Paul Elliott is urging clubs and governing bodies to “step up” and increase the level of ethnic minority representation at the top of their organisations.

The Black Lives Matter protests, sparked by the death of George Floyd in the United States last month, have been given prominence in English football.

The slogan appears in place of player names on the back of Premier League club shirts and players took the knee prior to Wednesday night’s top-flight matches at Aston Villa and Manchester City.

But Elliott says all of that will be “an empty gesture” if it does not lead to a change in how ethnic minorities are represented within football, and has called on clubs and administrators to adopt the voluntary Equality In Football Leadership code.

Elliott, who is the chair of the Football Association’s inclusion advisory board, says he will work with other senior black leaders in the game to work on the details of the code, but the idea will be that it can create meaningful targets to improve representation.

He said the FA’s chairman Greg Clarke had already agreed to review the composition of the national governing body’s Council, as well to revisit the FA’s “lack of BAME leadership”.

“The FA board is diverse with four women and one BAME director. I attend as an observer in my role as the chair of the FA inclusion advisory board to ensure that diversity and inclusion issues are fully represented at every meeting, however I do not have a vote.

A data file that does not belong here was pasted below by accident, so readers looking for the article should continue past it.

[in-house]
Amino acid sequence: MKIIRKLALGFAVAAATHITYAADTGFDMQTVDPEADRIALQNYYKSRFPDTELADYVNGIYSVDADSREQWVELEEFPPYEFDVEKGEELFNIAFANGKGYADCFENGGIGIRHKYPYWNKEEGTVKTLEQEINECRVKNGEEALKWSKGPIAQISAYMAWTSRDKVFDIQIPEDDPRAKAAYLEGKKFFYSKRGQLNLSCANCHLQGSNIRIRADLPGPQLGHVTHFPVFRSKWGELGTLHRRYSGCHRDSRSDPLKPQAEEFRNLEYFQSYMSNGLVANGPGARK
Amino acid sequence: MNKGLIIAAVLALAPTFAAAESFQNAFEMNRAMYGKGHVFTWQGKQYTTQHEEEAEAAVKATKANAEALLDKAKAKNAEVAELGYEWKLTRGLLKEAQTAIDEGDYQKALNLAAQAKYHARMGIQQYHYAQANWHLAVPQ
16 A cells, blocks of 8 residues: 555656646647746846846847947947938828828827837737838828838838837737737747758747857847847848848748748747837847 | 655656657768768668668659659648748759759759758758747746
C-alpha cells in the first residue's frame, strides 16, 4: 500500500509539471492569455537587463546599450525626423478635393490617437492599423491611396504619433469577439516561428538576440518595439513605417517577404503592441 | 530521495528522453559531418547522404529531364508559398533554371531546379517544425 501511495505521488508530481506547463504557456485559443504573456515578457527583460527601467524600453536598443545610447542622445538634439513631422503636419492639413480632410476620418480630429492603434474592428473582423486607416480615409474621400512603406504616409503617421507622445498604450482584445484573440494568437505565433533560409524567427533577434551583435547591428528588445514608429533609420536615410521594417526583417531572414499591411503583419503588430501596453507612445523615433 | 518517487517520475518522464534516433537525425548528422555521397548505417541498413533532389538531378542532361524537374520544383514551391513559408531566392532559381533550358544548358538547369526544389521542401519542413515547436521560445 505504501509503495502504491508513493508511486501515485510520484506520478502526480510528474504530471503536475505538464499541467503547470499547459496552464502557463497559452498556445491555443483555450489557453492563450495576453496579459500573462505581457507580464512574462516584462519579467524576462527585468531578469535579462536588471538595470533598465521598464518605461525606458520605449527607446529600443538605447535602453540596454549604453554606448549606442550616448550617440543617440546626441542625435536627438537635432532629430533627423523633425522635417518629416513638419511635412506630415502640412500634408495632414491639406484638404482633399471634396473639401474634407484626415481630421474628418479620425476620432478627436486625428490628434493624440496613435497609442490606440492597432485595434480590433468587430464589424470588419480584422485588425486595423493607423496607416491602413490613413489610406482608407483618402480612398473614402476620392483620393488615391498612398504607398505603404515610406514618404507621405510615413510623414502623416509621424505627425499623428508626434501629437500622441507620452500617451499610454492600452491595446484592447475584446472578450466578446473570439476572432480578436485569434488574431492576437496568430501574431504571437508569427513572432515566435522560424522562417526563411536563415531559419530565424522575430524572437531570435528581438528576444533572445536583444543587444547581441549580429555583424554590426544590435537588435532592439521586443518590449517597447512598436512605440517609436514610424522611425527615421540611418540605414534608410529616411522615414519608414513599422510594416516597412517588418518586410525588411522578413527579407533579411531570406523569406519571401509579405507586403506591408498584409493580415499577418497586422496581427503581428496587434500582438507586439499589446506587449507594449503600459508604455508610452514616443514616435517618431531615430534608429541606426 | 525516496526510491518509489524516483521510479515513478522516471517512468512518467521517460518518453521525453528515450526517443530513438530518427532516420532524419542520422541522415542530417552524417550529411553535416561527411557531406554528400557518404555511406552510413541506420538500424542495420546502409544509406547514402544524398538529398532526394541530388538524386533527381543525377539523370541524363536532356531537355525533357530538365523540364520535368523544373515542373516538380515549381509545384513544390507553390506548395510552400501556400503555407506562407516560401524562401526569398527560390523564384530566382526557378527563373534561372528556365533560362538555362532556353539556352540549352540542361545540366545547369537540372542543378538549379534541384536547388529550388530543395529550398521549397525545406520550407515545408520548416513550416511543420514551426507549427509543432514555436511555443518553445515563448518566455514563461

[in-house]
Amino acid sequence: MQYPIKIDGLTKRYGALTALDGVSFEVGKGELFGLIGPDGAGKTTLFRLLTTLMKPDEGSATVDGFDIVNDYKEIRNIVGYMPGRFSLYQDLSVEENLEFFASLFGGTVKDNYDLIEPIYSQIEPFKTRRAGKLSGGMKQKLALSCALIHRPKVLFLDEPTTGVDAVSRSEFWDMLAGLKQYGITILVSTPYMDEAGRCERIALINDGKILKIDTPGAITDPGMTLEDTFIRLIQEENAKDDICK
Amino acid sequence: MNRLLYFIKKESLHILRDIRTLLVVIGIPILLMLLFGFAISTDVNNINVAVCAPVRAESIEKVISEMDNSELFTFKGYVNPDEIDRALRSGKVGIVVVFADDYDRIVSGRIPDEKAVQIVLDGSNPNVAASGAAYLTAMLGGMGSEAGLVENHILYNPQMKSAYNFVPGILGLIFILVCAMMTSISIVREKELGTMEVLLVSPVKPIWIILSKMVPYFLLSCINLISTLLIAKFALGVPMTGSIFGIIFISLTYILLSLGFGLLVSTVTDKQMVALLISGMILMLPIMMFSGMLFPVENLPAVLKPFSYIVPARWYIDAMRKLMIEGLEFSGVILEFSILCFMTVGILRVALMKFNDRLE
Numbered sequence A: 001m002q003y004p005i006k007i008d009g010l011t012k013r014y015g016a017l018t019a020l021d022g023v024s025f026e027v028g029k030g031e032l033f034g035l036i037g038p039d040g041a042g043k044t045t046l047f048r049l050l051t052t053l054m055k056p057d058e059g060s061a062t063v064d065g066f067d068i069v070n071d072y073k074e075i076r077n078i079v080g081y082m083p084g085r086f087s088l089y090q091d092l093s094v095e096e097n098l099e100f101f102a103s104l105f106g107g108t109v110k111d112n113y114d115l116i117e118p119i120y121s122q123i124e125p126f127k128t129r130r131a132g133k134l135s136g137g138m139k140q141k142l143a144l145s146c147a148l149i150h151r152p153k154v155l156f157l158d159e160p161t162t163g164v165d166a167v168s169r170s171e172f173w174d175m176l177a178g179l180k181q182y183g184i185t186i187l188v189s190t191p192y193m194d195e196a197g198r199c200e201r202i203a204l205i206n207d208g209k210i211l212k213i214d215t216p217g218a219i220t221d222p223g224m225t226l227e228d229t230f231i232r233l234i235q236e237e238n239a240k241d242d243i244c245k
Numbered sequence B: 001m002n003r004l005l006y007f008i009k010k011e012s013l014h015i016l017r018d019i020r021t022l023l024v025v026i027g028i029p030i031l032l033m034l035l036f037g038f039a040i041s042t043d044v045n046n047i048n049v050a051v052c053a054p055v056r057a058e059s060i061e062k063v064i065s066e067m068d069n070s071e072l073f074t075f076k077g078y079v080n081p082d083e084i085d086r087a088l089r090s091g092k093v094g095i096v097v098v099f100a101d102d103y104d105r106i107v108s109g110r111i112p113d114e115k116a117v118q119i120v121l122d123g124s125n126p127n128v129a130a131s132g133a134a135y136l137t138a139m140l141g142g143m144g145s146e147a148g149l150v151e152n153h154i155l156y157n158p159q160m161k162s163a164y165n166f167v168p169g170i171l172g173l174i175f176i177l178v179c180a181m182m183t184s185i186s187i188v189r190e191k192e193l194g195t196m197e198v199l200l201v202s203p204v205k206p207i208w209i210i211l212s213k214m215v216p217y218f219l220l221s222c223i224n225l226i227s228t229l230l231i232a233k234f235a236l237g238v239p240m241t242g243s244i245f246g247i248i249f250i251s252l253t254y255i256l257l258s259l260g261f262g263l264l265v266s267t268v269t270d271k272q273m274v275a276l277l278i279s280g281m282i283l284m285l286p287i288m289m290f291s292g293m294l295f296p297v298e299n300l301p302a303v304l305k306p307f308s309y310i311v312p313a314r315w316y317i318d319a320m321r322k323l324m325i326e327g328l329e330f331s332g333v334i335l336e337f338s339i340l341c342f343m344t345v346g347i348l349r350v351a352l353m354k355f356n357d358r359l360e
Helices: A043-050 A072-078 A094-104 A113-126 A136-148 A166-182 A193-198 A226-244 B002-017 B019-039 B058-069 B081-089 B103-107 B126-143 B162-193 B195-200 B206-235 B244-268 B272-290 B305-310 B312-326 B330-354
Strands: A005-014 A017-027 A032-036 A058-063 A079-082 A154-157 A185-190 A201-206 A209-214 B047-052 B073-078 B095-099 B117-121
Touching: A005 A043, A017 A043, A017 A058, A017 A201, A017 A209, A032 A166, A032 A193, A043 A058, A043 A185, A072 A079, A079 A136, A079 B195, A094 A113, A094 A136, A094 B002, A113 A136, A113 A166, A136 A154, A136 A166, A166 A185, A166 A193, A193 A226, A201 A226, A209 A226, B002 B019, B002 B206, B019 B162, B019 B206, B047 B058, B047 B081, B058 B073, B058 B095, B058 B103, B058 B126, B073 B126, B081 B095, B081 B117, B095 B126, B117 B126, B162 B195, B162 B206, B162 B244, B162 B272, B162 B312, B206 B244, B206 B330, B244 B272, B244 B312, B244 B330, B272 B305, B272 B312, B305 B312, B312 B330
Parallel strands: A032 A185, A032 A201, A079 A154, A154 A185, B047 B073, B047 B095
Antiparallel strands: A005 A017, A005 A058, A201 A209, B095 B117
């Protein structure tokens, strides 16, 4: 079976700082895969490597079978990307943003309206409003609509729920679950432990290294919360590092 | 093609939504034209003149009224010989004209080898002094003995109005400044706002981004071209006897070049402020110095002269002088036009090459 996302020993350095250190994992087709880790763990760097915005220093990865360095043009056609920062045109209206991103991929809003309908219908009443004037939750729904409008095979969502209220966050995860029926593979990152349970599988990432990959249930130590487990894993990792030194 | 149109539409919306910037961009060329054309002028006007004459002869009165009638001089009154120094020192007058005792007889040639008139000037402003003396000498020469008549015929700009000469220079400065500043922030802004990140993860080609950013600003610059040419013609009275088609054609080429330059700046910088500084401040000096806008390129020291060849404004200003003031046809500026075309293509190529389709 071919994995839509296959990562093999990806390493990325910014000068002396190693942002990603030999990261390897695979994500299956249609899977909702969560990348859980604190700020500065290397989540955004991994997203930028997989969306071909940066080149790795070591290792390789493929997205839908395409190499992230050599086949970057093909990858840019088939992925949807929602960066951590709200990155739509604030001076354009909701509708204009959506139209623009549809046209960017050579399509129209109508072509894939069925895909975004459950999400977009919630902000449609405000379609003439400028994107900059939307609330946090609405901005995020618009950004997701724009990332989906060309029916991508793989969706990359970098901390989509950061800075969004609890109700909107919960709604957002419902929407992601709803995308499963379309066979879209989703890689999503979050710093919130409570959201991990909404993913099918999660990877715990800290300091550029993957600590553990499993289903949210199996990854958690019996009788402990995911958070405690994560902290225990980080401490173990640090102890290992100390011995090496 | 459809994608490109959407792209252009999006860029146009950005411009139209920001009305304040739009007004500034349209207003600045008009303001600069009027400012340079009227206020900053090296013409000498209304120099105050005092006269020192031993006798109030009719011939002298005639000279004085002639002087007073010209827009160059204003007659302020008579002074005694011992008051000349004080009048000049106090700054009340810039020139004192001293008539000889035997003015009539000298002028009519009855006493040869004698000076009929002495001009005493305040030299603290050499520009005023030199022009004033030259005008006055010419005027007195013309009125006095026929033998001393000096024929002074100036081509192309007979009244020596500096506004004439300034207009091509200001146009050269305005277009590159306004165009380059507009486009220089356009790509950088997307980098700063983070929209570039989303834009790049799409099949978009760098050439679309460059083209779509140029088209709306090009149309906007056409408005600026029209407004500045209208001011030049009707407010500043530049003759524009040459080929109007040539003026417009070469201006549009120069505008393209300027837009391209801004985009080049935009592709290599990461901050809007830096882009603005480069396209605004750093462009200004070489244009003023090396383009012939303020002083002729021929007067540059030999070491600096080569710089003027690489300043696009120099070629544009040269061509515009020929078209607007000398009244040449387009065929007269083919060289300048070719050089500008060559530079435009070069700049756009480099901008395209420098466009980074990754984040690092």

“We need the Premier League, EFL, Women’s Super League and the National League to step up and provide ethnic diversity at board and executive level too. We need more role models for young BAME people beginning their careers to draw inspiration from.”

A number of high-profile names from within the sport put their names to Elliott’s letter, including the managers of England’s senior men’s and women’s teams, Gareth Southgate and Phil Neville, Match of the Day presenter Gary Lineker and Sky and BBC pundit Alex Scott.

“Don’t be silent. Football must unite against inequality. Join in and make football and society fair for all,” Elliott added.

“Football is coming together to ensure this initiative gains genuine traction rather than be another opportunity for making speeches and hand-wringing.”

Manchester City and England forward Raheem Sterling has been vocal about the lack of black leadership figures in the sport.

There are currently no black owners, chairs or chief executives at any of the 91 Premier League or EFL clubs.

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